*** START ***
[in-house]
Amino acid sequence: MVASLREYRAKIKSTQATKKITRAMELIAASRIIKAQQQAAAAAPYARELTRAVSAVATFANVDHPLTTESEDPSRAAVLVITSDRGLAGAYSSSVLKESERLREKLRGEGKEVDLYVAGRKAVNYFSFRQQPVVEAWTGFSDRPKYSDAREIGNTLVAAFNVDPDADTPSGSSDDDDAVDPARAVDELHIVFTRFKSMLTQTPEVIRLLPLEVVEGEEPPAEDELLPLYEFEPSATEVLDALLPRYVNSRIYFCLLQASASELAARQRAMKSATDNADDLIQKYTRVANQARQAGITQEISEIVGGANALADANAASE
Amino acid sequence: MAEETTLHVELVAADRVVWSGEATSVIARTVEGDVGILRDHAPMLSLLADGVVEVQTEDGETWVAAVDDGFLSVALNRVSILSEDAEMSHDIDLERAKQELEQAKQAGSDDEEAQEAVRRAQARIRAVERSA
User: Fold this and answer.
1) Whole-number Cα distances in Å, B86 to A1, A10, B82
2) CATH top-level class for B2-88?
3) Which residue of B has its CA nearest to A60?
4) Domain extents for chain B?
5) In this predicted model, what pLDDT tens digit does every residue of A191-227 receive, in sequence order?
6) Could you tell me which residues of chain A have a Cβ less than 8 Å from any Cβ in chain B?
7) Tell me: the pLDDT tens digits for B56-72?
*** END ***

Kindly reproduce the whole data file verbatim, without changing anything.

[in-house]
Amino acid sequence: MVASLREYRAKIKSTQATKKITRAMELIAASRIIKAQQQAAAAAPYARELTRAVSAVATFANVDHPLTTESEDPSRAAVLVITSDRGLAGAYSSSVLKESERLREKLRGEGKEVDLYVAGRKAVNYFSFRQQPVVEAWTGFSDRPKYSDAREIGNTLVAAFNVDPDADTPSGSSDDDDAVDPARAVDELHIVFTRFKSMLTQTPEVIRLLPLEVVEGEEPPAEDELLPLYEFEPSATEVLDALLPRYVNSRIYFCLLQASASELAARQRAMKSATDNADDLIQKYTRVANQARQAGITQEISEIVGGANALADANAASE
Amino acid sequence: MAEETTLHVELVAADRVVWSGEATSVIARTVEGDVGILRDHAPMLSLLADGVVEVQTEDGETWVAAVDDGFLSVALNRVSILSEDAEMSHDIDLERAKQELEQAKQAGSDDEEAQEAVRRAQARIRAVERSA
User: Fold this and answer.
1) Whole-number Cα distances in Å, B86 to A1, A10, B82
2) CATH top-level class for B2-88?
3) Which residue of B has its CA nearest to A60?
4) Domain extents for chain B?
5) In this predicted model, what pLDDT tens digit does every residue of A191-227 receive, in sequence order?
6) Could you tell me which residues of chain A have a Cβ less than 8 Å from any Cβ in chain B?
7) Tell me: the pLDDT tens digits for B56-72?